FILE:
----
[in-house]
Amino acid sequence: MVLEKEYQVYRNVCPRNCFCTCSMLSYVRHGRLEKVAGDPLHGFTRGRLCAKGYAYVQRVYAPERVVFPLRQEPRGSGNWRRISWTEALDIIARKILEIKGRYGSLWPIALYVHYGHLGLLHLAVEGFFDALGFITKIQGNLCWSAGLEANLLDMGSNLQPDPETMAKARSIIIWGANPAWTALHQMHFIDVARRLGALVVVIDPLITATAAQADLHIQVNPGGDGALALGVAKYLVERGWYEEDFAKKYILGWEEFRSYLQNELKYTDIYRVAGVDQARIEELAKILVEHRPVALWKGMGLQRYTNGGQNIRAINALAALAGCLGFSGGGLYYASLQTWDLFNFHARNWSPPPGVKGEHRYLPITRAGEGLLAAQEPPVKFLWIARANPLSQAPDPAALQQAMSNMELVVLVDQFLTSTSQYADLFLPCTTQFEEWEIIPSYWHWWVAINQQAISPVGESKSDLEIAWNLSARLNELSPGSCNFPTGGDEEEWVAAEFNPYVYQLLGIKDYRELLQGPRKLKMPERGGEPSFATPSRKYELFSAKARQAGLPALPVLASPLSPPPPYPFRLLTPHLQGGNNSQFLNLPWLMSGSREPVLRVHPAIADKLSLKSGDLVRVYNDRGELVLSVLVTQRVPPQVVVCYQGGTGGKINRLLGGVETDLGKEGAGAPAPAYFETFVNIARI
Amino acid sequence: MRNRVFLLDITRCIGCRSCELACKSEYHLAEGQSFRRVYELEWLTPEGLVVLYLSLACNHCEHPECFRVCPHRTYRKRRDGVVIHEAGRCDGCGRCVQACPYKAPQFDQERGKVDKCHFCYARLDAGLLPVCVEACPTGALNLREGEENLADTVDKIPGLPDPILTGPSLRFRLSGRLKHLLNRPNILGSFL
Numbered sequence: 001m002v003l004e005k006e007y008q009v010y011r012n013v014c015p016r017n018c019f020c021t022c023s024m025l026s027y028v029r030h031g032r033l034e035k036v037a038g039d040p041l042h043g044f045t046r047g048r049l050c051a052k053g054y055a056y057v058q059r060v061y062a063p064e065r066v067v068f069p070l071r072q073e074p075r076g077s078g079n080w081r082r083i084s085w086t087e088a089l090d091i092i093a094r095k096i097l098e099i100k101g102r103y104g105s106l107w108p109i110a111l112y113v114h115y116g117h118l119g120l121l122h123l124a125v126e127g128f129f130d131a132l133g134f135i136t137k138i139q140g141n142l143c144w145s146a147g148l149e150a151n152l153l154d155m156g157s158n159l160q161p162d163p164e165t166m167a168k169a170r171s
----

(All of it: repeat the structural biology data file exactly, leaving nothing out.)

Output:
[in-house]
Amino acid sequence: MVLEKEYQVYRNVCPRNCFCTCSMLSYVRHGRLEKVAGDPLHGFTRGRLCAKGYAYVQRVYAPERVVFPLRQEPRGSGNWRRISWTEALDIIARKILEIKGRYGSLWPIALYVHYGHLGLLHLAVEGFFDALGFITKIQGNLCWSAGLEANLLDMGSNLQPDPETMAKARSIIIWGANPAWTALHQMHFIDVARRLGALVVVIDPLITATAAQADLHIQVNPGGDGALALGVAKYLVERGWYEEDFAKKYILGWEEFRSYLQNELKYTDIYRVAGVDQARIEELAKILVEHRPVALWKGMGLQRYTNGGQNIRAINALAALAGCLGFSGGGLYYASLQTWDLFNFHARNWSPPPGVKGEHRYLPITRAGEGLLAAQEPPVKFLWIARANPLSQAPDPAALQQAMSNMELVVLVDQFLTSTSQYADLFLPCTTQFEEWEIIPSYWHWWVAINQQAISPVGESKSDLEIAWNLSARLNELSPGSCNFPTGGDEEEWVAAEFNPYVYQLLGIKDYRELLQGPRKLKMPERGGEPSFATPSRKYELFSAKARQAGLPALPVLASPLSPPPPYPFRLLTPHLQGGNNSQFLNLPWLMSGSREPVLRVHPAIADKLSLKSGDLVRVYNDRGELVLSVLVTQRVPPQVVVCYQGGTGGKINRLLGGVETDLGKEGAGAPAPAYFETFVNIARI
Amino acid sequence: MRNRVFLLDITRCIGCRSCELACKSEYHLAEGQSFRRVYELEWLTPEGLVVLYLSLACNHCEHPECFRVCPHRTYRKRRDGVVIHEAGRCDGCGRCVQACPYKAPQFDQERGKVDKCHFCYARLDAGLLPVCVEACPTGALNLREGEENLADTVDKIPGLPDPILTGPSLRFRLSGRLKHLLNRPNILGSFL
Numbered sequence: 001m002v003l004e005k006e007y008q009v010y011r012n013v014c015p016r017n018c019f020c021t022c023s024m025l026s027y028v029r030h031g032r033l034e035k036v037a038g039d040p041l042h043g044f045t046r047g048r049l050c051a052k053g054y055a056y057v058q059r060v061y062a063p064e065r066v067v068f069p070l071r072q073e074p075r076g077s078g079n080w081r082r083i084s085w086t087e088a089l090d091i092i093a094r095k096i097l098e099i100k101g102r103y104g105s106l107w108p109i110a111l112y113v114h115y116g117h118l119g120l121l122h123l124a125v126e127g128f129f130d131a132l133g134f135i136t137k138i139q140g141n142l143c144w145s146a147g148l149e150a151n152l153l154d155m156g157s158n159l160q161p162d163p164e165t166m167a168k169a170r171s